### The evolution of the 3x3x3 single solve WR ```{r, echo=FALSE, results="hide"} ##Function to compute the indicator function, whether the sequential relative rank ##of a value is equal to one. Note: index of vectors start at 0 in Rcpp. Rcpp::cppFunction('NumericVector sequential_is_rank1(NumericVector x) { int n = x.size(); NumericVector output(n); double best = 1e99; for (int i = 0; i < n; ++i) { output[i] = x[i] < best; if (x[i] < best) { best = x[i]; } } return output; }') ``` So at this point we force an execution of the `allResults` query and cache the result as an object in R. This feels slightly disappointing, because the hope was to leave the data in the database management system (DBMS) as long as possible, but it felt like the most efficient way to compute sequential ranks - however, it might have been possible to perform the sequential rank directly using SQL statements, although I did not succeed to find the correct approach within the available time [^1]. ```{r} allResultsTab <- allResults %>% collect() ``` Instead, the results are sorted according to their date in R and subsequently each result is checked to see if it's sequential rank is 1, i.e. whether the time is lower than all previous results. For this purpose a fast Rcpp function `sequential_is_rank1` function is provided, which computes the sequential rank of a vector of values (see [github code](`r paste0("https://raw.githubusercontent.com/hoehleatsu/hoehleatsu.github.io/master/_source/",current_input())`) for details). Note: If we had not pulled the data into R at this point, such a computation within R would not have been possible. ```{r, warning=FALSE} ###################################################################### ## Extract all gender specific new WRs in the period ## [from_year-01-01, 2019-04-19] ## ## @param which_gender Gender to consider (either "m" or "f") ## @param from_year Start of the time period to report results for ## @return A data.frame ordered by `date` where each row corresponds ## to a result which was a new 3x3x3 single WR among `gender`. ###################################################################### wr_evolution <- function(which_gender, from_year=2005) { single <- allResultsTab %>% filter(gender == which_gender, best>0) %>% arrange(date) ##Compute the sequential ranks and select only new WRs in a given time period (>= from_year) single_rr <- single %>% mutate(rank=sequential_is_rank1(best)) %>% filter(rank == 1, lubridate::year(date) >= from_year) ##Add an extra data point at the end allowing geom_step to continue drawing the line df <- data.frame(personId="NA", date=as.Date("2019-04-19"), best=min(single_rr$best), rank=1, gender=which_gender) res <- full_join(single_rr, df, by=c("personId","date","best","rank", "gender")) return(res) } ##Compute evolution for both genders and combine into one data.frame wr <- purrr::map_df(c("f","m"), wr_evolution) ``` The evolution of the world record for males and females over time is then easily plotted. Note: As mentioned WCA doesn't officially distinguish between male and female results. ```{r WREVO, message=FALSE, } suppressPackageStartupMessages(library(ggplot2)) suppressPackageStartupMessages(library(lubridate)) ggplot(wr, aes(x=date, y=best/100, color=gender)) + geom_step() + ylab("Single solve 3x3 x3 (s)") + xlab("Date of result") + scale_color_viridis(discrete=TRUE) + scale_x_date(breaks = seq(as.Date("2005-01-01"), as.Date("2019-04-19"), by = "2 year"), labels=year(seq(as.Date("2005-01-01"), as.Date("2019-04-19"), by = "2 year"))) + scale_y_continuous(limit=c(0,NA)) ``` Is such a plot useful? Not really IMHO, but I had seen a similar plot at the [WCA webpage](https://www.worldcubeassociation.org/results/misc/evolution/), so it's nice to be able to create it in R. ### Countries with highest proportion of female cubers Since the overall fraction of female cubers is around 10%, we determine the top-5 countries (with at least 50 cubers), having the highest proportion of female cubers in the `Persons` database: ```{r, message=FALSE, warning=FALSE} persons %>% group_by(id) %>% group_by(countryId) %>% summarise(n_total=n(), n_male=sum(gender=="m"), n_female=sum(gender=="f")) %>% mutate(`frac_female (in %)`= n_female/n_total*100) %>% ungroup %>% collect() %>% ##collect nessary, otherwise it doesn't work? filter(n_total >= 50) %>% top_n(5, `frac_female (in %)`) %>% kable(digits=1, format = "html") %>% kable_styling(bootstrap_options = "striped", full_width = FALSE) ```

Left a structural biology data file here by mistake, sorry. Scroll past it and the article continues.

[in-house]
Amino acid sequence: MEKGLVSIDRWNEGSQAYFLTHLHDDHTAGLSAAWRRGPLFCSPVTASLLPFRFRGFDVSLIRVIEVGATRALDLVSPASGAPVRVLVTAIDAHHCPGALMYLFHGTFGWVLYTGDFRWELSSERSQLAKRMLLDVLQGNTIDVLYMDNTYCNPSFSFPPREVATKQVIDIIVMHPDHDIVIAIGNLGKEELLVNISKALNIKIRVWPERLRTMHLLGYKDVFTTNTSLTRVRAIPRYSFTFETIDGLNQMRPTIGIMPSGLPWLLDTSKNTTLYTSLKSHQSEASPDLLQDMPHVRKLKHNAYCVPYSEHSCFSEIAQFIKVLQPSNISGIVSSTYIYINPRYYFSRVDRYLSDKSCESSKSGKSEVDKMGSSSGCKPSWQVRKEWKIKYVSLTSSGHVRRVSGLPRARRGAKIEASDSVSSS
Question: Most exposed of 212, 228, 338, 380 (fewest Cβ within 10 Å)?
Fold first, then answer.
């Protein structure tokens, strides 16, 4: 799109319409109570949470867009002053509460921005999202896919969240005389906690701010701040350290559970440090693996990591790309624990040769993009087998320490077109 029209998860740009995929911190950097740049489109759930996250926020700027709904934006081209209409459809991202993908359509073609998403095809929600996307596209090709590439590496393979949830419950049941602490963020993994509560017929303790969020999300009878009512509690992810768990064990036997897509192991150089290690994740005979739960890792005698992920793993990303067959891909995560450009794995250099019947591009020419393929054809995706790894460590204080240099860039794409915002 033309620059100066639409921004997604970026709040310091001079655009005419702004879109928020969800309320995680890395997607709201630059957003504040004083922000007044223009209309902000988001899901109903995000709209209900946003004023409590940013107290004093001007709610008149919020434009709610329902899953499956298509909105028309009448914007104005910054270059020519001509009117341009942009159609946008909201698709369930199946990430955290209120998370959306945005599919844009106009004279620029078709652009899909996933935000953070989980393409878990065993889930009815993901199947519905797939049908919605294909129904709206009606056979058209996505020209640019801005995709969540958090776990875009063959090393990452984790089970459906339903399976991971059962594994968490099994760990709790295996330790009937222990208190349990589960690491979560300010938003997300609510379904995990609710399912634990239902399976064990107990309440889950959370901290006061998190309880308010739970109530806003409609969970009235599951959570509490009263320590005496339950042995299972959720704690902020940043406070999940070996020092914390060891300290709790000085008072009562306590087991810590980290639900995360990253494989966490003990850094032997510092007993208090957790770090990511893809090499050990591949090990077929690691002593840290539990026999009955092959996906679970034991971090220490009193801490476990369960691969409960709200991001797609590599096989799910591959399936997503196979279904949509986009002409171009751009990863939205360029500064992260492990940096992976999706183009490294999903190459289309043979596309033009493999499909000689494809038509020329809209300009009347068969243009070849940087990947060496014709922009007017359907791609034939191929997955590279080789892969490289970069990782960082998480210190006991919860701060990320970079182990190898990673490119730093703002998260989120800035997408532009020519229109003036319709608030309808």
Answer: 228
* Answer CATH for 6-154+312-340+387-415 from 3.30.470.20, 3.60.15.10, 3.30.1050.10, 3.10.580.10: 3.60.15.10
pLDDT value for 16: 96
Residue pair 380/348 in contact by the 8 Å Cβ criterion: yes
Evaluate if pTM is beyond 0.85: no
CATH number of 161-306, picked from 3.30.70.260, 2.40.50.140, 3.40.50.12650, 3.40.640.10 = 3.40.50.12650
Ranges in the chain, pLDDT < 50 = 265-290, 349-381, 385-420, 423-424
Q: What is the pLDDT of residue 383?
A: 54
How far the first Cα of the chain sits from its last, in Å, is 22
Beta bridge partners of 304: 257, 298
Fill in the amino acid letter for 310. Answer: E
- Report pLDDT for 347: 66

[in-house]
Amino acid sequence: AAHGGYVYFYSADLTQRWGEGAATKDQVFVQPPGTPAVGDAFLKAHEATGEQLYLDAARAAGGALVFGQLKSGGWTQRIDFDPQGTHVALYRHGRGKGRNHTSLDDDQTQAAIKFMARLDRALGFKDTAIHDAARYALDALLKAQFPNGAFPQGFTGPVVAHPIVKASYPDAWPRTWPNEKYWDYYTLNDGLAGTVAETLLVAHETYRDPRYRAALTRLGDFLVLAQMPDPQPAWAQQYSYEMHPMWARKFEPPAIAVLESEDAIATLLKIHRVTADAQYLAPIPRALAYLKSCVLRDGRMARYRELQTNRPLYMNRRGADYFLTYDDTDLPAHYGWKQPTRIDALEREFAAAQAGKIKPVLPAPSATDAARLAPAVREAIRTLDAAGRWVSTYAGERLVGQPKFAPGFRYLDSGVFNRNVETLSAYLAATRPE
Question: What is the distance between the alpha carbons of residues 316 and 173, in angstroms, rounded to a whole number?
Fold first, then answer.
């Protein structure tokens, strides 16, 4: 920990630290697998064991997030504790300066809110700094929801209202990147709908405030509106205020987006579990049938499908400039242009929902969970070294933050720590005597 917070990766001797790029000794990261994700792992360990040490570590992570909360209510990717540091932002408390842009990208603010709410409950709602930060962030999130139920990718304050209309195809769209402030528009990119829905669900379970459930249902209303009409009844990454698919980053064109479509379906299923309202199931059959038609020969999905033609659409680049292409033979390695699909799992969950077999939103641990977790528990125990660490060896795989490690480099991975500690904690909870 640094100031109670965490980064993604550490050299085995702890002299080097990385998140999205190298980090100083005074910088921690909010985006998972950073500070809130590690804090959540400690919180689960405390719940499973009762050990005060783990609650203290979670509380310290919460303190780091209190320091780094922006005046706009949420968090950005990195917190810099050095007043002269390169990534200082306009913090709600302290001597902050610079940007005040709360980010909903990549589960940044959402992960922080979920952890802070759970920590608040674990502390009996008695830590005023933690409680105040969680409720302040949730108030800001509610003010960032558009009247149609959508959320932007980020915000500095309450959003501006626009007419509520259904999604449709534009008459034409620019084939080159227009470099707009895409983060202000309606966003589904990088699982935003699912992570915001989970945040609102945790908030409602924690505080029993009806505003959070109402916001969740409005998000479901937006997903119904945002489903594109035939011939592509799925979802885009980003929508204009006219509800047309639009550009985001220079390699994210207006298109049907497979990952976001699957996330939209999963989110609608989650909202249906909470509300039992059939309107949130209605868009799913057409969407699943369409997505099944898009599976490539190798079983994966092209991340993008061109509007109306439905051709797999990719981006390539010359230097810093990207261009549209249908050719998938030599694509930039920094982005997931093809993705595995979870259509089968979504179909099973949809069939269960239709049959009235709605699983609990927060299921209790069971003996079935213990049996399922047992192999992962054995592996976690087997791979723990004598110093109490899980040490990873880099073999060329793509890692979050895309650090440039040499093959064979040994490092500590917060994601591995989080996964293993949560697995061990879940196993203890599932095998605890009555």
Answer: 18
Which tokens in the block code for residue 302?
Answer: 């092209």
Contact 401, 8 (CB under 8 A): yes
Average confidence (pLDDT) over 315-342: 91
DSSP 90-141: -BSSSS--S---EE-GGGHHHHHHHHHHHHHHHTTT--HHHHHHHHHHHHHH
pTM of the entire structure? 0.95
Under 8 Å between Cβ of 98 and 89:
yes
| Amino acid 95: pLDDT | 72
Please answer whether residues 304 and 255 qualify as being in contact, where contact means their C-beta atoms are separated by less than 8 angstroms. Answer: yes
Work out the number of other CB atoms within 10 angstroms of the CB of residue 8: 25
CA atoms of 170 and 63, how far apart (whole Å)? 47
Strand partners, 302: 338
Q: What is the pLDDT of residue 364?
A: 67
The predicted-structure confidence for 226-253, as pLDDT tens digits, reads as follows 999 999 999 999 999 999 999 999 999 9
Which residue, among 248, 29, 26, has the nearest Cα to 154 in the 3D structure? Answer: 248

I find this list quite surprising and also encouraging! ### Skill level before entering a WCA competition Getting back to the motivating question of this post, we derive for each result how experienced the cuber was at the time of obtaining the result. We shall measure experience terms of years since the cuber's first WCA competition. Special interest will then be in results of cubers in their very first WCA competition - see the [github code](`r paste0("https://raw.githubusercontent.com/hoehleatsu/hoehleatsu.github.io/master/_source/",current_input())`) for details. ```{r, message=FALSE, warning=FALSE} ##Find first WCA competition of each cuber first <- allResultsTab %>% group_by(personId) %>% select(date) %>% summarise(first_wca_competition = min(date)) ##Form an "experience" column containing the number of years since the ##first WCA competition allResultsTab2 <- inner_join(allResultsTab, first, by="personId") %>% mutate(experience=as.numeric((date - first_wca_competition)/365.25), resultYear=year(date)) ##Look only at results with a valid average (i.e. 5 results, ##where the best and worst result are removed and the remaining 3 averaged) allResultsTabAvg <- allResultsTab2 %>% filter(average>0) ##We will only analyse results of the last year and we will remove #the WCA 1982 championship participants res_lastyear <- allResultsTabAvg %>% filter(date >= as.Date("2018-04-19"), year(first_wca_competition)>=2003) ``` ```{r} ##Quantiles to consider q_grid <- c(0.05, 0.1, 0.5, 0.9, 0.95) ``` We then use this information to create a scatter plot with result average (in seconds) and corresponding experience of the cuber (in years). For better visualization we plot the marginal `r paste0(sprintf("%0.f%%",q_grid*100), collapse=", ")` quantiles as smooth function of experience - this is done with with `ggplot2`'s `geom_quantile` function together with the argument `method="rqss"`, which then uses the `rqss` function of the `quantreg` package [@quantreg] to compute smooth quantile curves: ```{r QUANTILEAVG, message=FALSE, warning=FALSE} pal <- RColorBrewer::brewer.pal(n=3, name="Set2") ##Plot quantiles ggplot(res_lastyear, aes(x=experience, y=average/100)) + geom_point(color=pal[1], alpha=0.05) + geom_quantile(method = "rqss", lambda = 0.1, quantiles=q_grid, color=pal[2]) + coord_cartesian(ylim=c(0,60), xlim=c(0,10)) + xlab("Experience (years)") + ylab("Average 3x3x3 (s)") ``` We notice that the quantile curves stay more or less parallel, which is indicative of a stable variance and skewness of the results over the range of experiences. Focusing only on the round-1 results of those participating for the first time in the period from 2018-04-19 to 2019-04-19 we see that the quantiles for the average is (in seconds) are: ```{r} res_lastyear_newbies <- res_lastyear %>% filter(experience==0, roundTypeId==1) ``` ```{r, eval=FALSE} ggplot(res_lastyear_newbies, aes(x=average/100, y=..count../sum(..count..))) + geom_histogram(breaks=seq(0,180,by=5), fill=pal[1], alpha=0.8) + xlab("Average 3x3x3 (s)") + ylab("Proportion of results") + scale_y_continuous(labels=scales::percent) + coord_cartesian(xlim=c(0,180)) + scale_color_viridis() ``` ```{r} q <- quantile(res_lastyear_newbies$average/100, probs=c(q_grid, 0.99, 0.999)) print(q, digits=1) ``` This shows that with a 180s average one is located at the `r sprintf("%.1f%%",100*mean(res_lastyear_newbies$average<=18000))` quantile of all cubers entering a WCA competition. In other words: if the comfort zone is defined as **being within the 95% envelope**, then a ~90s average is needed before entering a WCA competition. To further investigate, how cubers of that skill level evolve in time, we study the solving skills of cubers entering their first WCA competition with a solve time between 180s and 240s. In order to reduce the potential effect of secular trends due to, e.g., better cubes, we consider the skill evolution of the cohort of **first time cubers** from 2015 and onwards. ```{r COHORTEVOLUTION} ##Define cohort of all cubers entering a WCA competition for the first time cohort <- allResultsTabAvg %>% filter(year(first_wca_competition) >= 2015) %>% filter(experience==0, roundTypeId==1) ##Bracket to consider (in centiseconds) lower_bracket <- 3 * 6000 upper_bracket <- 4 * 6000 ##Extract only those with an average time in my league cohort_myleague <- cohort %>% group_by(personId) %>% summarise(best_average=min(average)) %>% filter(best_average > lower_bracket & best_average < upper_bracket) cohort_evolution <- allResultsTabAvg %>% inner_join(cohort_myleague, by="personId") ``` ```{r, results="hide"} ptab <- cohort_evolution %>% group_by(personId) %>% distinct(competitionId) %>% summarise(n=n()) %$% n %>% table() %>% prop.table() structure(sprintf("%.1f%%",ptab*100), names=names(ptab)) ``` The cohort inclusion criterion provide a total of `r cohort_myleague %>% nrow()` first time competitors in this skill bracket. Only `r sprintf("%.1f%%",100*(1- sum(ptab[1])))` of these cubers decide to participate in further WCA competitions! The further development of the averages of these cubers is best shown in a trajectory plot. Note that the end of the lines does not necessarily mean that they stopped cubing, instead it could be due to right truncation, because only competitions until 2019-04-19 are available. ```{r TRAJPLOT, message=FALSE} ggplot(cohort_evolution, aes(x=experience, y=average/100, color=as.factor(personId))) + geom_line() + geom_point() + # scale_color_viridis(discrete=TRUE, guide=FALSE) + scale_color_discrete(guide=FALSE) + scale_y_continuous(limits=c(0,NA)) + scale_x_sqrt() + ylab("Average 3x3x3 (s)") + xlab("Experience (years)") + geom_hline(yintercept=lower_bracket/100, lty=2, col="lightgray") + geom_hline(yintercept=upper_bracket/100, lty=2, col="lightgray") ``` Instead of the trajectories we can also overlay an expectation smoother on top of the data to see how the expected average progresses with time in the cohort. Note, that this portrays the marginal expectation and thus is only based on cubers, who are still cubing at that time. No adjustment for any, potentially informative, drop-out is made. ```{r TRAJSMOOTHED, warning=FALSE, message=FALSE} ggplot(cohort_evolution, aes(x=experience, y=average/100)) + geom_line(aes(color=as.factor(personId)), alpha=0.2) + geom_point(aes(color=as.factor(personId)),alpha=0.2) + scale_color_discrete(guide=FALSE) + geom_smooth() + scale_y_continuous(limits=c(0,NA)) + geom_hline(yintercept=lower_bracket/100, lty=2, col="lightgray") + geom_hline(yintercept=upper_bracket/100, lty=2, col="lightgray") + ylab("Average 3x3x3 (s)") + xlab("Experience (years)") ``` ```{r TRAJQUANT, eval=FALSE, echo=FALSE, results="hide"} ggplot(cohort_evolution, aes(x=experience, y=average/100)) + geom_line(aes(color=as.factor(personId)), alpha=0.1) + geom_point(aes(color=as.factor(personId)),alpha=0.1) + scale_color_discrete(guide=FALSE) + ##geom_smooth() + geom_quantile(method = "rqss", lambda = 1, quantiles=q_grid, color="steelblue",lwd=1.2) + scale_y_continuous(limits=c(0,NA), breaks=seq(5,100,by=5)) + geom_hline(yintercept=lower_bracket/100, lty=2, col="lightgray") + geom_hline(yintercept=0.5*6000/100, lty=2, col="lightgray") + ylab("Average 3x3x3 (s)") + xlab("Experience (years)") + coord_cartesian(xlim=c(0,4),ylim=c(0,30)) nrow(cohort_myleague) ggsave(file="~/Temp/cuber-experience-smooth.png", width=8, height=4,dpi=200) ``` From the figure we notice a rapid improvement the first 6 months after entering the first WCA competition. Hereafter results only improve slowly. ## Discussion Through analysis of the WCA results database it became clear that participating in a 3x3x3 event with a 180s average ~~is uncool~~ [^2] does not take you to winners' rostrum [^3]. The data also show that cubers entering the world of WCA competitions with such an average are likely to never participate in another WCA event. In case they do, their times drop to 90-120s averages within 6 months after which they are stuck - it is very unlikely that they will crack the 20s barrier. To conclude: In my situation it seems wise to practice more, before going to the first WCA competition. `r emo::ji("smiley")` From a data science perspective this post provided insights on using `dbplyr` as a tidyverse frontend for SQL queries. Being an SQL novice, I learned that generating indexes is a *must*, if you do not want to wait forever for your *INNER JOIN*s. Furthermore, I ran into some trouble with mutates and filters with the package, because the produced SQL code provide empty results. It remains unclear to me if this was due to differences in SQL DBMSs (e.g. MariaDB being differnet from PostGres), my lack of SQL knowledge or if it's a shortcoming of the `dbplyr` package. My conclusion is that performing the data wrangling within the DBMS was overkill for the medium sized wca data. For larger or more structured datasets such an approach can, however, be fruitful, because a DBMS's main purpose is to provide efficient solutions for working with your data. Furthermore, I like the idea of having a familiar dplyr frontend and just auto-generate an efficient backend code (here: SQL) to do the actual wrangling. This also provides an opportunity to get an outside-R-implementation, which can be an important aspect in [quality assurance of statistical analyses](http://staff.math.su.se/hoehle/blog/2017/09/02/pairprogramming.html). ## Acknowledgments The terms of use of the WCA database requests any use of it to be equipped with the following text: > This information is based on competition results owned and maintained by the > World Cube Association, published at https://worldcubeassociation.org/results > as of April 19, 2019. Besides this formal note, I thank the WCA Results Team for providing the WCA data for download in this comprehensive form! [^1]: If you know how to do this efficiently in SQL, let me know! [^2]: A reddit user correctly pointed out that just because your results are at the low end does not necessarily imply that it is *uncool* to participate in a WCA competition: Card This is very true and I've updated the post accordingly. However, if you like me already are an age outlier while your kid is too young to act as your alibi companion, I miss the courage to also be a total skill outlier... But that's my problem and just motivates me to train more (if time permits) before signing up. `r emo::ji("smirk")` [^3]: From readings on [speedsolving.com](http://www.speedsolving.com) I now learned that there exist (partial) [40+ rankings](https://logiqx.github.io/wca-ipy/), which can help to assess the skill level in that age bracket in more detail. My interest was in the skill level of the overall cubing population though. ## Literature